If not now, when?

One American woman. Twenty acres and a 1650 farmhouse in Tuscany. Random introspection and hilarity, depending on the day.

03 June 2005

The Soviet Safeway has nothin' on us...

Now that I've passed along the mostly successful results of the cooking experience, I thought it only fair to share with you the shopping extravaganza (and resultant frustration) of attempting to pull it together. I *knew* this was going to be a challenge: first, my box of kitchen stuff is in the 'floating in the Atlantic' shipment now, so I had to work with utensils I have here - which would likely NOT include any US measurements (cup, tablespoon, etc.). (Bless the handy convert just about anything to just about anything else website!)

Second, I get a stack of recipes from The Mom (cookbooks also in aforementioned floating shipment), make up a shopping list and truck myself to the grocery store. On the surface, it's your everyday normal grocery store, looks on the surface like something you would find in the states. You know, automatic doors that go 'woosh' when you walk up to them, shopping carts (tho they're much smarter - their carts work on a 'deposit & return' system - you put in a 1Euro coin to get the cart from its stall (like at the airports), then you get your 1E back when you lock it back up. Result: no damaged cars and no acne-faced 16 year old boy having to run gawkily all over the parking lot picking up discarded carts: smart! (oh, and you bag the groceries yourself. What *do* awkward teenage boys do here for a living?!?!)

Inside the store, layout is what I expect: produce in on your right (selection - marginal -- I think it's better to shop in a fresh veggie market for this stuff), then on to milk/eggs/cheese/deli counter. Except the deli counter has easily 50 different kinds of salamis, smoked meats (prosciutto, etc.) to choose from. And eggs? There's only one kind. They're brown, and they're NOT REFRIGERATED. Wacky. And when you break them open, the yolk is really more bright orange. Must be in the feed??? (this must be where Frank Perdue got the secret...)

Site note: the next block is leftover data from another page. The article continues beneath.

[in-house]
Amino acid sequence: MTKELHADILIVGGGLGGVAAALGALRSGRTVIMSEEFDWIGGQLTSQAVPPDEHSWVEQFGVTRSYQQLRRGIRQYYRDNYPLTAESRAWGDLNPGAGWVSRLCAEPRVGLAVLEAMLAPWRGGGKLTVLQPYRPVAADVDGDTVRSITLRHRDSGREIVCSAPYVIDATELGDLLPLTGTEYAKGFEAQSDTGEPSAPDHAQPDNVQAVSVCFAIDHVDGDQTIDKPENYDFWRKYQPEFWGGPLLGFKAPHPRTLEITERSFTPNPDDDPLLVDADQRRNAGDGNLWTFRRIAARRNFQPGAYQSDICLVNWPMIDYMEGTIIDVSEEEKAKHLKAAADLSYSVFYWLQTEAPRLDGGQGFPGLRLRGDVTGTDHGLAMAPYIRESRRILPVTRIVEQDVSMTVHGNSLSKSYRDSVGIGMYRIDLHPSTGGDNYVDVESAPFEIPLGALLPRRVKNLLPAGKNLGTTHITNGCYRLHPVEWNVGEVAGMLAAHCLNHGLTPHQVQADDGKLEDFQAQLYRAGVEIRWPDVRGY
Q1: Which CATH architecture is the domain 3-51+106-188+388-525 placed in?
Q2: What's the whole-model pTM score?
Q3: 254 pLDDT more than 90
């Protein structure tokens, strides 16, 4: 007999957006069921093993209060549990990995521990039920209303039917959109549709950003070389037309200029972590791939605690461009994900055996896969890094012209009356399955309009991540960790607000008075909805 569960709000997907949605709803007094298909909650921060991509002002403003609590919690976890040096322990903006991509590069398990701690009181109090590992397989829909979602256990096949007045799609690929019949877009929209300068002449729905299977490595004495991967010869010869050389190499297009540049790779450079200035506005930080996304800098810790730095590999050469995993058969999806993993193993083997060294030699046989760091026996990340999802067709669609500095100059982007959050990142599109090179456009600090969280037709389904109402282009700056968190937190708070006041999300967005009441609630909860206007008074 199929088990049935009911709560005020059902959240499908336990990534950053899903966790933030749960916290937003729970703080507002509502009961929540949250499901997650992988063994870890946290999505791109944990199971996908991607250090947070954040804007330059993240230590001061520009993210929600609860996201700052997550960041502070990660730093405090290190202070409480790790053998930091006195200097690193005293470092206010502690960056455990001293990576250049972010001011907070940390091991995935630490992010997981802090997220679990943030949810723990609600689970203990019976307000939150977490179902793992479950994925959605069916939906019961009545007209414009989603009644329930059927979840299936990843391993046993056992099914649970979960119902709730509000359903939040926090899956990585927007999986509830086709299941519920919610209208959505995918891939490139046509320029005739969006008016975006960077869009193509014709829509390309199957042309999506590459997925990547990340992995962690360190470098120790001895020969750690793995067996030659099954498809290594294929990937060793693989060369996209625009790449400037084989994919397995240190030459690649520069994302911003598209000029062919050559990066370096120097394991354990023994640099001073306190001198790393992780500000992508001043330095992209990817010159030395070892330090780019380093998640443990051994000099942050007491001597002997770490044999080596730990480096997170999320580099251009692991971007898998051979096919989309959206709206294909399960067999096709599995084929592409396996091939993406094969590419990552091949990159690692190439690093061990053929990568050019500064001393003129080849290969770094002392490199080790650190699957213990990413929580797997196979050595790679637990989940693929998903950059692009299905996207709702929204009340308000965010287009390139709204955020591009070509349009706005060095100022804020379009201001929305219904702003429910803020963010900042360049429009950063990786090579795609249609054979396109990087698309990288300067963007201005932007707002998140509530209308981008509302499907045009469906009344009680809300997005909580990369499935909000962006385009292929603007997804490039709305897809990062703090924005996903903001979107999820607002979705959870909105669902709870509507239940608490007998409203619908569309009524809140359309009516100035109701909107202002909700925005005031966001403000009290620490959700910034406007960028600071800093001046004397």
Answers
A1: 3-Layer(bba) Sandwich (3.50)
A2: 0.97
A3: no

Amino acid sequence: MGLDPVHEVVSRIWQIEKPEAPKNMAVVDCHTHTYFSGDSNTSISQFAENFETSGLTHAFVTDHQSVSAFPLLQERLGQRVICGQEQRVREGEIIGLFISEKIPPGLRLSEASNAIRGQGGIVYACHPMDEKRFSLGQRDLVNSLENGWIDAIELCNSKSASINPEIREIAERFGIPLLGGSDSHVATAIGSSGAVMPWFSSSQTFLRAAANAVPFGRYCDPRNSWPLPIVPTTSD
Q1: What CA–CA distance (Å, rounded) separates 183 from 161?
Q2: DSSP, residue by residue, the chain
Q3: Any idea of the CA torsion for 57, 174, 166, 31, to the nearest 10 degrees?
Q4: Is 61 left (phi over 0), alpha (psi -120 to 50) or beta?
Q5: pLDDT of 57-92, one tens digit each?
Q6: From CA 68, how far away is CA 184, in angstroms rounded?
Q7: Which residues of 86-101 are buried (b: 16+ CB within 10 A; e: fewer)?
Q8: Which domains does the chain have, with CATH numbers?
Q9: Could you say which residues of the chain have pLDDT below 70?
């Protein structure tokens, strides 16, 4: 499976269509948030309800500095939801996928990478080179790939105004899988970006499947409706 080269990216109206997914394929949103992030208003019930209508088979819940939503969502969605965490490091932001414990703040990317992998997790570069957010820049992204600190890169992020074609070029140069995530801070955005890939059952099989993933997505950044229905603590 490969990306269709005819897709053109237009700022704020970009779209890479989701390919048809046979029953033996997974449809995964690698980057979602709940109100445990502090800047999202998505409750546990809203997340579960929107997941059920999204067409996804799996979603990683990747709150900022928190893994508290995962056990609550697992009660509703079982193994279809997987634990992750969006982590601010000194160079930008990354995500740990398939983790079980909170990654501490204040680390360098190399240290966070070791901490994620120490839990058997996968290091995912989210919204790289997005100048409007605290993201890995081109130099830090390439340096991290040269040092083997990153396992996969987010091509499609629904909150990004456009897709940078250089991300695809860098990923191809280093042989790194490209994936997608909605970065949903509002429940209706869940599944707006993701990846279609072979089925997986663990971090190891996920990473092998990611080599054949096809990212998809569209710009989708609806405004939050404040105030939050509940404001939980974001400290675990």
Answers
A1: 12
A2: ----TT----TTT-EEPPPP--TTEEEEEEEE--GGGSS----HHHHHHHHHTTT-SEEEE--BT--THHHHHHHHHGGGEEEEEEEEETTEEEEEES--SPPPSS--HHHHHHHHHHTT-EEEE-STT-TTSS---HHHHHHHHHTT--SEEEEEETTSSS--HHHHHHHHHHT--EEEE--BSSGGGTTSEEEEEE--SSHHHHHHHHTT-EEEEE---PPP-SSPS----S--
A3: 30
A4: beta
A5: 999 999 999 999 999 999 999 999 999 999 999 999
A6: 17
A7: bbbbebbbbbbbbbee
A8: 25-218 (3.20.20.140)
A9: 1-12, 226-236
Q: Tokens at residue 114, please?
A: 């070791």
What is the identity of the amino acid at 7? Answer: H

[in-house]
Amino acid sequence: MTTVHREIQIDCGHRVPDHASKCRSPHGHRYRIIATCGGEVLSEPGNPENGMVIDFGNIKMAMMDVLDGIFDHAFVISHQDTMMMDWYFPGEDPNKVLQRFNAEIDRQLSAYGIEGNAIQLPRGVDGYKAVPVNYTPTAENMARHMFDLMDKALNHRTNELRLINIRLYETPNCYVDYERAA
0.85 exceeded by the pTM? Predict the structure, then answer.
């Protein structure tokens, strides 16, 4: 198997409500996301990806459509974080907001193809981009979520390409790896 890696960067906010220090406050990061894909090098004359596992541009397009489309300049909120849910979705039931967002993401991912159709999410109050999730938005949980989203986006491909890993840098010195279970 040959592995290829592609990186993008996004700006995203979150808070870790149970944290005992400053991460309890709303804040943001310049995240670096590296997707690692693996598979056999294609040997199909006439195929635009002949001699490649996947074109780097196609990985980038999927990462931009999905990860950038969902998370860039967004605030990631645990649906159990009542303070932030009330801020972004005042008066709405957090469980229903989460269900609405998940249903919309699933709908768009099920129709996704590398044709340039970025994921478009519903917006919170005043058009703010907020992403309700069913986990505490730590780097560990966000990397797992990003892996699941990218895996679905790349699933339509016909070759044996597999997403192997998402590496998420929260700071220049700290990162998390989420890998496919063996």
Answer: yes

It won't surprise you that there is AN ENTIRE AISLE devoted to pasta. (and they actually DO sell Barilla pasta here! Here I thought that was just an ad campaign directed at gullible Americans!) So as I shopped, I made a funny list of funny things that are different or don't really exist here ...

Peanut butter (oh, as you know, I found it eventually - there was one tiny little row of about 4 jars - only one option - which looked to be imported from Holland sandwiched next to the 'clam sauce'. Riiiiight. Just exactly where it's intuitive?!?! Crazy, next time you're in the store - take a look. I'd bet there are at LEAST 15 different choices to choose from? (Jif, Skippy, Peter Pan, Smuckers, all natural, chunky and not... super chunky, super extra double chunk, jelly already included.... you name it!) Oh, and FORGET grape jelly. The closest I could find was blackberry preserves. I guess they use all the grapes for wine! (I can't argue with this, really. Who needs grape jelly?!?)

Liquid Smoke or any pre-packaged BBQ sauce. Or any meat flavoring, at all, other than worcestershire sauce, which also was just a small row of 3 bottles (I bought two) near the clam sauce. Hmmm!